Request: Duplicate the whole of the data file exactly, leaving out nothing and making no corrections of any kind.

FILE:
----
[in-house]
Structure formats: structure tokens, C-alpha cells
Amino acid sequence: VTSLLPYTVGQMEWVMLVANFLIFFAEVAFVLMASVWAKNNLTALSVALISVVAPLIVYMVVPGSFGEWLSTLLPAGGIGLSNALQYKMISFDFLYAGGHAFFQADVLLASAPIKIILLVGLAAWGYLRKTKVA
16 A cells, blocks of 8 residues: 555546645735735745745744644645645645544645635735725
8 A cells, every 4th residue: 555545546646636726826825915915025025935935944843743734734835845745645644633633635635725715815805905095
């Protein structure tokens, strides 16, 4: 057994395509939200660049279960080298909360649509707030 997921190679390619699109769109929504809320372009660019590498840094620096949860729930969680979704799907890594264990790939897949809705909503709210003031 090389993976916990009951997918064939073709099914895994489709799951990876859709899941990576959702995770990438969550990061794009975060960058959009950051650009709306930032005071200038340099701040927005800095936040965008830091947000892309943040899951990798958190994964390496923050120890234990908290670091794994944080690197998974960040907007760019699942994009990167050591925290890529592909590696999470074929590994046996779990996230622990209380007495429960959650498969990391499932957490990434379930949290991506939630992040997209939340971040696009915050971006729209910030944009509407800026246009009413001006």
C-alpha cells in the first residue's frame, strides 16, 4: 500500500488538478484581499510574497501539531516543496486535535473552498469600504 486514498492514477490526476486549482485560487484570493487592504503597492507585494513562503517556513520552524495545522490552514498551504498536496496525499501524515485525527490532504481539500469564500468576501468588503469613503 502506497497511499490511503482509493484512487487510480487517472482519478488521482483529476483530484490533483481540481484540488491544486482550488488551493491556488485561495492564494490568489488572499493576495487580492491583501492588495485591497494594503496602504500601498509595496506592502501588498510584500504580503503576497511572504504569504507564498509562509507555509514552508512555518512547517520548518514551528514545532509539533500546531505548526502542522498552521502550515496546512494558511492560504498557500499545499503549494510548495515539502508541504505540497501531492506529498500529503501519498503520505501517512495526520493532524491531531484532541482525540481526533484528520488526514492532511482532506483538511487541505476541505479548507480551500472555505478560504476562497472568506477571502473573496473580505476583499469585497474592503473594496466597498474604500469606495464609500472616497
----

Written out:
[in-house]
Structure formats: structure tokens, C-alpha cells
Amino acid sequence: VTSLLPYTVGQMEWVMLVANFLIFFAEVAFVLMASVWAKNNLTALSVALISVVAPLIVYMVVPGSFGEWLSTLLPAGGIGLSNALQYKMISFDFLYAGGHAFFQADVLLASAPIKIILLVGLAAWGYLRKTKVA
16 A cells, blocks of 8 residues: 555546645735735745745744644645645645544645635735725
8 A cells, every 4th residue: 555545546646636726826825915915025025935935944843743734734835845745645644633633635635725715815805905095
């Protein structure tokens, strides 16, 4: 057994395509939200660049279960080298909360649509707030 997921190679390619699109769109929504809320372009660019590498840094620096949860729930969680979704799907890594264990790939897949809705909503709210003031 090389993976916990009951997918064939073709099914895994489709799951990876859709899941990576959702995770990438969550990061794009975060960058959009950051650009709306930032005071200038340099701040927005800095936040965008830091947000892309943040899951990798958190994964390496923050120890234990908290670091794994944080690197998974960040907007760019699942994009990167050591925290890529592909590696999470074929590994046996779990996230622990209380007495429960959650498969990391499932957490990434379930949290991506939630992040997209939340971040696009915050971006729209910030944009509407800026246009009413001006």
C-alpha cells in the first residue's frame, strides 16, 4: 500500500488538478484581499510574497501539531516543496486535535473552498469600504 486514498492514477490526476486549482485560487484570493487592504503597492507585494513562503517556513520552524495545522490552514498551504498536496496525499501524515485525527490532504481539500469564500468576501468588503469613503 502506497497511499490511503482509493484512487487510480487517472482519478488521482483529476483530484490533483481540481484540488491544486482550488488551493491556488485561495492564494490568489488572499493576495487580492491583501492588495485591497494594503496602504500601498509595496506592502501588498510584500504580503503576497511572504504569504507564498509562509507555509514552508512555518512547517520548518514551528514545532509539533500546531505548526502542522498552521502550515496546512494558511492560504498557500499545499503549494510548495515539502508541504505540497501531492506529498500529503501519498503520505501517512495526520493532524491531531484532541482525540481526533484528520488526514492532511482532506483538511487541505476541505479548507480551500472555505478560504476562497472568506477571502473573496473580505476583499469585497474592503473594496466597498474604500469606495464609500472616497